Hubbard identified the Hindu, Buddhist, and Taoist roots of this religious wisdom. Like certain forms of Hinduism, especially Advaita Vedanta, Scientology supports the recognition that the human self is ultimately the supreme divine power of the universe. In the Sanskrit formula of the Vedanta, Atman (the human self) is Brahman (the divine). Like Buddhist practice, however, Scientology outlines a step-by-step trajectory towards liberation from ignorance that recalls the “Eightfold Path” of Buddhism. This Buddhist path moves through the stages of right understanding, dedication, communication, conduct, way of life, effort, awareness, and meditation to achieve a state of joyful liberation aloof from the world. In a similar way, Scientology identifies a religious path, or bridge, that marks out progress towards liberation. However, while the Buddhist path was designed in principle for a monastic life removed from ordinary human relations and occupations, the Scientology path has more in common with a Taoist approach to achieving spiritual harmony in the midst of the world. In the Taoist sense, liberation is a state of balance in which a human being is in harmony with all the conditions of existence. Scientology is directed towards attaining a similar harmony.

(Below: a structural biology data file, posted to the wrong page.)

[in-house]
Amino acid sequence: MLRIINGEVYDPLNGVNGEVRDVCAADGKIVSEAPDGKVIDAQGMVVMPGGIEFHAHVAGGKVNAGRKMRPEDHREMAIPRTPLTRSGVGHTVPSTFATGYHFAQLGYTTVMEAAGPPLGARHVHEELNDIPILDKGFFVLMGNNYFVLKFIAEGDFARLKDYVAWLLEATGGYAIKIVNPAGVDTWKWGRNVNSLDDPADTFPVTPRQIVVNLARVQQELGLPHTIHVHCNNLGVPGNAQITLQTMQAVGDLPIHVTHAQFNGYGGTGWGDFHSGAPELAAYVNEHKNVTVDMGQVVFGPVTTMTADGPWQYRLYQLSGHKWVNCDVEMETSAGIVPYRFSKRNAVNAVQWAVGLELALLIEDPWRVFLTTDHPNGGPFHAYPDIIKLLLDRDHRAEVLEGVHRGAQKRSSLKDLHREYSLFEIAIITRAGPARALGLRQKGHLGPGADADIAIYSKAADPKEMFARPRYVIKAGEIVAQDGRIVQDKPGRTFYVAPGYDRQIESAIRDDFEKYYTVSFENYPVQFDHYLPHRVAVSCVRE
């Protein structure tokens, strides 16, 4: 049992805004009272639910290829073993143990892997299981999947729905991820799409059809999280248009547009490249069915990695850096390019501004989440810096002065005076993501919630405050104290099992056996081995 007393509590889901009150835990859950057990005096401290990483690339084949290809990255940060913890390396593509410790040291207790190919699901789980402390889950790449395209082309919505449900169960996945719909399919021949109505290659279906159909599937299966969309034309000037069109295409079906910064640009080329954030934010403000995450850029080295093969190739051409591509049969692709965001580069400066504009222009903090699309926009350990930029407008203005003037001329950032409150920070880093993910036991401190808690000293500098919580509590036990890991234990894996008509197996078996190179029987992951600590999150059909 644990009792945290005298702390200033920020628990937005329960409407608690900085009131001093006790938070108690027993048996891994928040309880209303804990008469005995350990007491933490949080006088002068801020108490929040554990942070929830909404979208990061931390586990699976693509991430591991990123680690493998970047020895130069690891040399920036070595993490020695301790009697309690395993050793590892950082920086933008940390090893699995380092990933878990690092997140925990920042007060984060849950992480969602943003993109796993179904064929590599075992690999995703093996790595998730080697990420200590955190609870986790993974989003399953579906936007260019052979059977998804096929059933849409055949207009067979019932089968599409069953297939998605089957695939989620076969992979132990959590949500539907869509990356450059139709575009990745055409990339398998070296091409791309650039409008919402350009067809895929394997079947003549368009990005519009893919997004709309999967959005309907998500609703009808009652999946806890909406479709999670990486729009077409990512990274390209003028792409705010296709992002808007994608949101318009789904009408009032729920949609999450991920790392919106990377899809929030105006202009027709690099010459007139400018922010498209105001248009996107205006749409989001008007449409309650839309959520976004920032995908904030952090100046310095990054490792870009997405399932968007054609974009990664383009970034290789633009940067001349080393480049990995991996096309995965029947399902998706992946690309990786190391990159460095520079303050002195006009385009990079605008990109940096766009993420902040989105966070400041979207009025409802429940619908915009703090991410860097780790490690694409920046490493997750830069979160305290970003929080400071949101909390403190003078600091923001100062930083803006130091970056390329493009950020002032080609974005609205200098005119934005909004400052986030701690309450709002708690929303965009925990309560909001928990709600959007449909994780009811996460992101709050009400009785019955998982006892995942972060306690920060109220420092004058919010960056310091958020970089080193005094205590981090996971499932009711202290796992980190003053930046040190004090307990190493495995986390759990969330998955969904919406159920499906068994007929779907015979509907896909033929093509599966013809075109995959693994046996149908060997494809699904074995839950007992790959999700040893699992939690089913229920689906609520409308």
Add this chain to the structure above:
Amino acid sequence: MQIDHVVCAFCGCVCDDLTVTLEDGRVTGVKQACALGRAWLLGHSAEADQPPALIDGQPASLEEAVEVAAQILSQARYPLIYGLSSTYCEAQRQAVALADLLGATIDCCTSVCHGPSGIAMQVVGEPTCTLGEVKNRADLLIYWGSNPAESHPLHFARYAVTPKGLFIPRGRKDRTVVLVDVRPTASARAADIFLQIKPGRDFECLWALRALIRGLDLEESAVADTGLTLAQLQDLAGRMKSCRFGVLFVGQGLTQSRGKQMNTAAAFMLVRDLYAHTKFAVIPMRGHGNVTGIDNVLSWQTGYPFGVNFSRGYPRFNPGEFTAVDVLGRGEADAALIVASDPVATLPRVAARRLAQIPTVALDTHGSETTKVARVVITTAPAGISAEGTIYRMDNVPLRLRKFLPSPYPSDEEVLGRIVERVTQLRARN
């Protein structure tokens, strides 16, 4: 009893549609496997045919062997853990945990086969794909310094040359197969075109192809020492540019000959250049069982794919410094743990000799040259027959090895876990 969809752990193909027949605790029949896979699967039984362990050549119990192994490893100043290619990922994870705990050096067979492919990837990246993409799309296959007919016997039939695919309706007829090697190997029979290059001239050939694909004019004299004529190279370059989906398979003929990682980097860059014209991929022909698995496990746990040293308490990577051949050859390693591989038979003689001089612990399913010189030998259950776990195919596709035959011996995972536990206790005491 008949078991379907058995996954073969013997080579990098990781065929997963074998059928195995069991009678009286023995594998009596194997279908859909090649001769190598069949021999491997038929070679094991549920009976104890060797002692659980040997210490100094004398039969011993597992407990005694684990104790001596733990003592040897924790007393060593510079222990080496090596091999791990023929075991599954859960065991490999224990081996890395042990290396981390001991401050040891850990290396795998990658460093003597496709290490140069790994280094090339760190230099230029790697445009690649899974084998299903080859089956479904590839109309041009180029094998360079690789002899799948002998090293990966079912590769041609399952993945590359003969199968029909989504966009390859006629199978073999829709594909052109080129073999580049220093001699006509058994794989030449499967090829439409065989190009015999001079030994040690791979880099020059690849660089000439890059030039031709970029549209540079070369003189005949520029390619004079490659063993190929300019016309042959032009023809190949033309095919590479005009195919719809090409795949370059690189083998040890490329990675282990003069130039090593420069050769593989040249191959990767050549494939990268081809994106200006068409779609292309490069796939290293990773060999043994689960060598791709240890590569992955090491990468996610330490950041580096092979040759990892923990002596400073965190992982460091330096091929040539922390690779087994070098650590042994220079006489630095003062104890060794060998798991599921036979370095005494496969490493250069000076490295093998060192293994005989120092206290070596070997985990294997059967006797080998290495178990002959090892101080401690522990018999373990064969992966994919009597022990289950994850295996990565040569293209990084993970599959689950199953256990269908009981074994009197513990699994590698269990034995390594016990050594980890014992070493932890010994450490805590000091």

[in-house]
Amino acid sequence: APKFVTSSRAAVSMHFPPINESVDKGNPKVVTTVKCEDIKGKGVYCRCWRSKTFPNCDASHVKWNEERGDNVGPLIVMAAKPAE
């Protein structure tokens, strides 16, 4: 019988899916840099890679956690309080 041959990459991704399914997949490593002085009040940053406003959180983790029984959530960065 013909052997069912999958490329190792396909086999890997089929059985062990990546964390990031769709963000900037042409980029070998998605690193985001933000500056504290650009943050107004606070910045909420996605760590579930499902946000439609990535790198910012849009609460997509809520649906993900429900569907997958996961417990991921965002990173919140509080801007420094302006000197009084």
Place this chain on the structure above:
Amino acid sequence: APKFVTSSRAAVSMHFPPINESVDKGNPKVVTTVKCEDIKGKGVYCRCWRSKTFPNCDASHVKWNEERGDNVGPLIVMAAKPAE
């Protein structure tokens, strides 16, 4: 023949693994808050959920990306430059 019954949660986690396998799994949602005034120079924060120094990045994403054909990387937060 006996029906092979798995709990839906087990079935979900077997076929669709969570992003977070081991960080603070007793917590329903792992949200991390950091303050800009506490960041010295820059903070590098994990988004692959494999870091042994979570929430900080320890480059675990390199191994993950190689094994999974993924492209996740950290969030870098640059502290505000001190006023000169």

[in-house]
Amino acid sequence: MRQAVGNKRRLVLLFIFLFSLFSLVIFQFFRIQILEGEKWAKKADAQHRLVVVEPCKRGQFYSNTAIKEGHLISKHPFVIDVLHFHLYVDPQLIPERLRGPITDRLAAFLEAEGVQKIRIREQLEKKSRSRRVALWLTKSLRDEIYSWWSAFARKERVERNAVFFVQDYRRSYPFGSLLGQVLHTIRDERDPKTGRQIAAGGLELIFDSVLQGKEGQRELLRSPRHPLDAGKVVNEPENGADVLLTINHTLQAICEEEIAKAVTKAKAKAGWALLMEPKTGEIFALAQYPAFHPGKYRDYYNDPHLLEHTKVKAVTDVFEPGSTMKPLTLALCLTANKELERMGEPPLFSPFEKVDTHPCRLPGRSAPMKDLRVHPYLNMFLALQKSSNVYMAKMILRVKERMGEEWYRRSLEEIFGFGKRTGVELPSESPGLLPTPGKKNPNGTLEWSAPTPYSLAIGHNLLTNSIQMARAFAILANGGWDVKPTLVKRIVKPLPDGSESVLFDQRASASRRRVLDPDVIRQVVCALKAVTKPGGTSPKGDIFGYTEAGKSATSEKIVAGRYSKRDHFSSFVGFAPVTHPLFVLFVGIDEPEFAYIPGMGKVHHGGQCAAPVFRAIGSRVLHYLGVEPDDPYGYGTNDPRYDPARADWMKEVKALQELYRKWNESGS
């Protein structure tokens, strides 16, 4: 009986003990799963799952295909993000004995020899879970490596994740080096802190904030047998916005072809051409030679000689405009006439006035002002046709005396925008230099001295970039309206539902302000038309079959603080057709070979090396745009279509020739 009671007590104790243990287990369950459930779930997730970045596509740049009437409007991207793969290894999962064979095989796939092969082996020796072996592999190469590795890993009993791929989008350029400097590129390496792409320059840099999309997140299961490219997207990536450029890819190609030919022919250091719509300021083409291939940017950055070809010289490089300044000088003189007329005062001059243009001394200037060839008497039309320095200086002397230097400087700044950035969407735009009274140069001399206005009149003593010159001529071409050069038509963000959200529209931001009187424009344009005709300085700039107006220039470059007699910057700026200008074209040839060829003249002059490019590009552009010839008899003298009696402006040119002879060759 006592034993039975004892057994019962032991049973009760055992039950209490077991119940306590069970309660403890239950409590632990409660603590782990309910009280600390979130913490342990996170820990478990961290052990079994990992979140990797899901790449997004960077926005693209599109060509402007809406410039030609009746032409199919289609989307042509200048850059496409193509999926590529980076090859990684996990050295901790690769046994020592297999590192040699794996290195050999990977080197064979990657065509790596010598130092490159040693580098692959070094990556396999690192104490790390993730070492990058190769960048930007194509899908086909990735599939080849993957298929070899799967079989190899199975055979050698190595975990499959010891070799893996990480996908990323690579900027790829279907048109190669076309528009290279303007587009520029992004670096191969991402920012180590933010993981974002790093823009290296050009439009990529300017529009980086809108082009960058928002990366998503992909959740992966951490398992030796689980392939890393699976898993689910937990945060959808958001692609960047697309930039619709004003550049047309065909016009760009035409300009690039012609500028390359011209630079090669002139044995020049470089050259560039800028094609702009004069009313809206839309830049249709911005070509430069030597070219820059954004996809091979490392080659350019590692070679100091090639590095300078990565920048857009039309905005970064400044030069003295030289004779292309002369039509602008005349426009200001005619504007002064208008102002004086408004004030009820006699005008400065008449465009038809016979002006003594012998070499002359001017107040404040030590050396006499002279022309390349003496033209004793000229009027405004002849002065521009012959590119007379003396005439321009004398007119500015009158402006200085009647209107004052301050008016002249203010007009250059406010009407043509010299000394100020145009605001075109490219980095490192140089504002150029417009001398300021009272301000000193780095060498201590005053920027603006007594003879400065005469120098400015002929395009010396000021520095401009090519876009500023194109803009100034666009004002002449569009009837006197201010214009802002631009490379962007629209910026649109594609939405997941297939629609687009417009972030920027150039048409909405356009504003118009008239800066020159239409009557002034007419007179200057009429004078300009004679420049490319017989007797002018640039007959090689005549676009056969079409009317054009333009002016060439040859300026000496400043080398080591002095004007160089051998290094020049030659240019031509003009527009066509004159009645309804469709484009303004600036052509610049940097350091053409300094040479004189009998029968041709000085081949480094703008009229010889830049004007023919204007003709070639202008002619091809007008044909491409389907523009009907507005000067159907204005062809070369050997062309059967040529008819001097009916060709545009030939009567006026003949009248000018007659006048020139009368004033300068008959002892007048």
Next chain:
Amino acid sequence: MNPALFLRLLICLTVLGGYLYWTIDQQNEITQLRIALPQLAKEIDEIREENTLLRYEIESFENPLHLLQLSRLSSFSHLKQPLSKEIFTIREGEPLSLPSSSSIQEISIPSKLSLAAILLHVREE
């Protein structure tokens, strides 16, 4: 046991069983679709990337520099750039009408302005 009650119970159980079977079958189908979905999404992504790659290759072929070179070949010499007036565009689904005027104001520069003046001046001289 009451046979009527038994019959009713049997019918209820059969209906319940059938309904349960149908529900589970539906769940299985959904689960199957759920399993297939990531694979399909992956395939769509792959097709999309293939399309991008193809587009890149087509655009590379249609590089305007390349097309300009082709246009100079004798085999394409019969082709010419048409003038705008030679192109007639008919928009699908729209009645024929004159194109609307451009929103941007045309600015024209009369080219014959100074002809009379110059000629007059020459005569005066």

In its cosmology, Scientology identifies three basic aspects of reality—the life force that is referred to as theta, the Supreme Being that is also known as Infinity, and the physical universe of matter, energy, space, and time that is represented by the acronym, MEST.

Echoes of these ancient Asian religions, therefore, can be found in the religious beliefs of Scientology. However, Hubbard concluded that the ultimate goals of these religions—spiritual liberation, knowledge, and harmony—were only rarely achieved in practice. Reflecting on his travels in Asia, Hubbard observed that he saw a great many studying but very few arriving. According to Hubbard, the ancient religious paths lacked the sense of “urgency necessary to arrive.”17 A modern religion, he concluded, had to do more than identify spiritual goals; it had to provide the practical means for achieving them.